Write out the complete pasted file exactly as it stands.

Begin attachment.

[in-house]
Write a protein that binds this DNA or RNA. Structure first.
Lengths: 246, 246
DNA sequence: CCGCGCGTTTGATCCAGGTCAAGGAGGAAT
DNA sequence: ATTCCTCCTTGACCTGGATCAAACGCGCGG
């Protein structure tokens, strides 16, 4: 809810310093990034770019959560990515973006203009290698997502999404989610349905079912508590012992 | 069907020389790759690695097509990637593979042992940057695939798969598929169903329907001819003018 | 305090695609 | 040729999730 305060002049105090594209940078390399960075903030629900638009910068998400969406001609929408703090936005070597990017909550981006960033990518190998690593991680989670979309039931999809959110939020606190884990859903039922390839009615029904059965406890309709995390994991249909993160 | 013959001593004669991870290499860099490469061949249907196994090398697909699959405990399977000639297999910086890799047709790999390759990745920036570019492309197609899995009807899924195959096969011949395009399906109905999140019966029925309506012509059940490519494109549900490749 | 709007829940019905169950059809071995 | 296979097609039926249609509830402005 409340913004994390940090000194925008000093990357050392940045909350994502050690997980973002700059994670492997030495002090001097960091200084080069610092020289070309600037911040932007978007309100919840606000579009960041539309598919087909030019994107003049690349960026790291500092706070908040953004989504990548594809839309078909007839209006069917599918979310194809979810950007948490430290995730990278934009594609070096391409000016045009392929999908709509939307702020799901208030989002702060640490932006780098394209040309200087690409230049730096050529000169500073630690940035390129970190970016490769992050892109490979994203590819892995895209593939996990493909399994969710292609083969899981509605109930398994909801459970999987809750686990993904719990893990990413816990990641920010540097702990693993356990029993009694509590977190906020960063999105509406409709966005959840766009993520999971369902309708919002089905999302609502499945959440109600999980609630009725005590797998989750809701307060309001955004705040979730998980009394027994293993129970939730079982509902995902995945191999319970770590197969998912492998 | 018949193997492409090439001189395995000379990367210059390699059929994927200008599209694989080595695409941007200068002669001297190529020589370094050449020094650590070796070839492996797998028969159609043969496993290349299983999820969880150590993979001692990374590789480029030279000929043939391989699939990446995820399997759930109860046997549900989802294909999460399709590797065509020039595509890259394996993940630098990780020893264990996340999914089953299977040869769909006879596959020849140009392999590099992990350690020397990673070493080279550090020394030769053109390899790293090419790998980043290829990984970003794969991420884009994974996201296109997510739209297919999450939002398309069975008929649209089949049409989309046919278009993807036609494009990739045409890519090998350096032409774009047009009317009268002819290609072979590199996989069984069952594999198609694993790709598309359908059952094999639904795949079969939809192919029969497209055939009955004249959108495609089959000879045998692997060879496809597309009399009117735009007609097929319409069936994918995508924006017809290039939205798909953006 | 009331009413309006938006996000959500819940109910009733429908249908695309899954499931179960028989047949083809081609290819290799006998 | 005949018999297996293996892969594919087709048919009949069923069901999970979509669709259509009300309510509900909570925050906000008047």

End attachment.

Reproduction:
[in-house]
Write a protein that binds this DNA or RNA. Structure first.
Lengths: 246, 246
DNA sequence: CCGCGCGTTTGATCCAGGTCAAGGAGGAAT
DNA sequence: ATTCCTCCTTGACCTGGATCAAACGCGCGG
């Protein structure tokens, strides 16, 4: 809810310093990034770019959560990515973006203009290698997502999404989610349905079912508590012992 | 069907020389790759690695097509990637593979042992940057695939798969598929169903329907001819003018 | 305090695609 | 040729999730 305060002049105090594209940078390399960075903030629900638009910068998400969406001609929408703090936005070597990017909550981006960033990518190998690593991680989670979309039931999809959110939020606190884990859903039922390839009615029904059965406890309709995390994991249909993160 | 013959001593004669991870290499860099490469061949249907196994090398697909699959405990399977000639297999910086890799047709790999390759990745920036570019492309197609899995009807899924195959096969011949395009399906109905999140019966029925309506012509059940490519494109549900490749 | 709007829940019905169950059809071995 | 296979097609039926249609509830402005 409340913004994390940090000194925008000093990357050392940045909350994502050690997980973002700059994670492997030495002090001097960091200084080069610092020289070309600037911040932007978007309100919840606000579009960041539309598919087909030019994107003049690349960026790291500092706070908040953004989504990548594809839309078909007839209006069917599918979310194809979810950007948490430290995730990278934009594609070096391409000016045009392929999908709509939307702020799901208030989002702060640490932006780098394209040309200087690409230049730096050529000169500073630690940035390129970190970016490769992050892109490979994203590819892995895209593939996990493909399994969710292609083969899981509605109930398994909801459970999987809750686990993904719990893990990413816990990641920010540097702990693993356990029993009694509590977190906020960063999105509406409709966005959840766009993520999971369902309708919002089905999302609502499945959440109600999980609630009725005590797998989750809701307060309001955004705040979730998980009394027994293993129970939730079982509902995902995945191999319970770590197969998912492998 | 018949193997492409090439001189395995000379990367210059390699059929994927200008599209694989080595695409941007200068002669001297190529020589370094050449020094650590070796070839492996797998028969159609043969496993290349299983999820969880150590993979001692990374590789480029030279000929043939391989699939990446995820399997759930109860046997549900989802294909999460399709590797065509020039595509890259394996993940630098990780020893264990996340999914089953299977040869769909006879596959020849140009392999590099992990350690020397990673070493080279550090020394030769053109390899790293090419790998980043290829990984970003794969991420884009994974996201296109997510739209297919999450939002398309069975008929649209089949049409989309046919278009993807036609494009990739045409890519090998350096032409774009047009009317009268002819290609072979590199996989069984069952594999198609694993790709598309359908059952094999639904795949079969939809192919029969497209055939009955004249959108495609089959000879045998692997060879496809597309009399009117735009007609097929319409069936994918995508924006017809290039939205798909953006 | 009331009413309006938006996000959500819940109910009733429908249908695309899954499931179960028989047949083809081609290819290799006998 | 005949018999297996293996892969594919087709048919009949069923069901999970979509669709259509009300309510509900909570925050906000008047």